**The interior of a conductor can have no excess charge in the static situation.**A neutral conductor has equal amounts of positive and negative charges in every small volume or surface element. When the conductor is charged, the excess charge can reside only on the surface in the static situation. This follows from the Gauss’s law.

Consider any arbitrary volume element

**v**inside a conductor. On the closed surface**S**bounding the volume element**v**, electrostatic field is zero. Thus the total electric flux through**S**is zero. Hence, by Gauss’s law, there is no net charge enclosed by**S**.**Electrostatic potential is constant throughout the volume of the conductor and has the same value (as inside) on its surface.**This follows from results 1 and 2 above. Since E = 0 inside the conductor and has no tangential component on the surface, no work is done in moving a small test charge within the conductor and on its surface. That is, there is no potential difference between any two points inside or on the surface of the conductor.

**Electric field at the surface of a charged conductor**

To derive the result, choose a pill box (a short cylinder) as the Gaussian surface about any point P on the surface. The pill box is partly inside and partly outside the surface of the conductor. It has a small area of cross section δS and negligible height.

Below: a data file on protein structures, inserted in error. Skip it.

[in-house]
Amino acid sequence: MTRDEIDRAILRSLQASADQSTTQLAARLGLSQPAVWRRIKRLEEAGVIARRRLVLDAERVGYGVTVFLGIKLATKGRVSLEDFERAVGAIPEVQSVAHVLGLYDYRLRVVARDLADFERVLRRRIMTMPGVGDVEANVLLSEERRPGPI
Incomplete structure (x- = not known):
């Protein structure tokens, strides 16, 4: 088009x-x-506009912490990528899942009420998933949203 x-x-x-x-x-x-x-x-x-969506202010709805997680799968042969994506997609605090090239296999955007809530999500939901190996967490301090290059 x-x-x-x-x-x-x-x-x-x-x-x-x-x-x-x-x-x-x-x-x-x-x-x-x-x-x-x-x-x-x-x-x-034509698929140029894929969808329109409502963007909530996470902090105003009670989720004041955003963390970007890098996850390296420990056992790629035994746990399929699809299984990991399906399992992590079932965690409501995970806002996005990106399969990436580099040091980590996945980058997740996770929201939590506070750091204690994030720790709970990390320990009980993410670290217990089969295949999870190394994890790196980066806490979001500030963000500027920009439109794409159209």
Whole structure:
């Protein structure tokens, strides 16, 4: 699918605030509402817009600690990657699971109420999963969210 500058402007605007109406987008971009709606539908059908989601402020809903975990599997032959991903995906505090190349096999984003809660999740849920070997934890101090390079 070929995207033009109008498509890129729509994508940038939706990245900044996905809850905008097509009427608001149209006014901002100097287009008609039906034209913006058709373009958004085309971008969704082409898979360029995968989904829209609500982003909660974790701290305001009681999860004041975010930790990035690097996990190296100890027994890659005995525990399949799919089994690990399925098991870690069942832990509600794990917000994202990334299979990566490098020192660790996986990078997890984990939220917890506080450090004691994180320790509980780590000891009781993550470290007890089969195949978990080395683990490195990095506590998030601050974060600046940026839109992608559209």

Just inside the surface, the electrostatic field is zero; just outside, the field is normal to the surface with magnitude E.

Thus, the contribution to the total flux through the pill box comes only from the outside (circular) cross-section of the pill box.

Since over the small area δ*S*, E may be considered constant and E and δ*S *are parallel or antiparallel, the flux equals ± E δS* *(positive for σ > 0, negative for σ < 0),

The charge enclosed by the pill box is *σ δS*.

By Gauss’s law

$$\mathrm{E}\mathrm{}\mathrm{\delta}\mathrm{S}=\frac{\left|\mathrm{\sigma}\right|\mathrm{}\mathrm{\delta}\mathrm{S}}{{\mathrm{\epsilon}}_{\mathrm{o}}}\mathrm{}$$

$$\Rightarrow \mathrm{}\mathrm{E}=\frac{\left|\mathrm{\sigma}\right|}{{\mathrm{\epsilon}}_{\mathrm{o}}}\mathrm{}\mathrm{}$$

$$\Rightarrow \mathrm{}\overrightarrow{\mathrm{E}}=\frac{\left|\mathrm{\sigma}\right|}{{\mathrm{\epsilon}}_{\mathrm{o}}}\widehat{\mathrm{n}}\mathrm{}$$

**Electrostatic shielding**Consider a conductor with a cavity, with no charges inside the cavity, the electric field inside the cavity is zero, whatever be the size and shape of the cavity and whatever be the charge on the conductor and the external fields in which it might be placed.

- The effect can be made use of in protecting sensitive instruments from outside electrical influence.

**Dielectrics and Polarisation**

Dielectrics are non-conducting substances. They have no (or negligible number of) charge carriers. When a conductor is placed in an external electric field, the free charge carriers move and charge distribution in the conductor adjusts itself in such a way that the electric field due to induced charges opposes the external field within the conductor.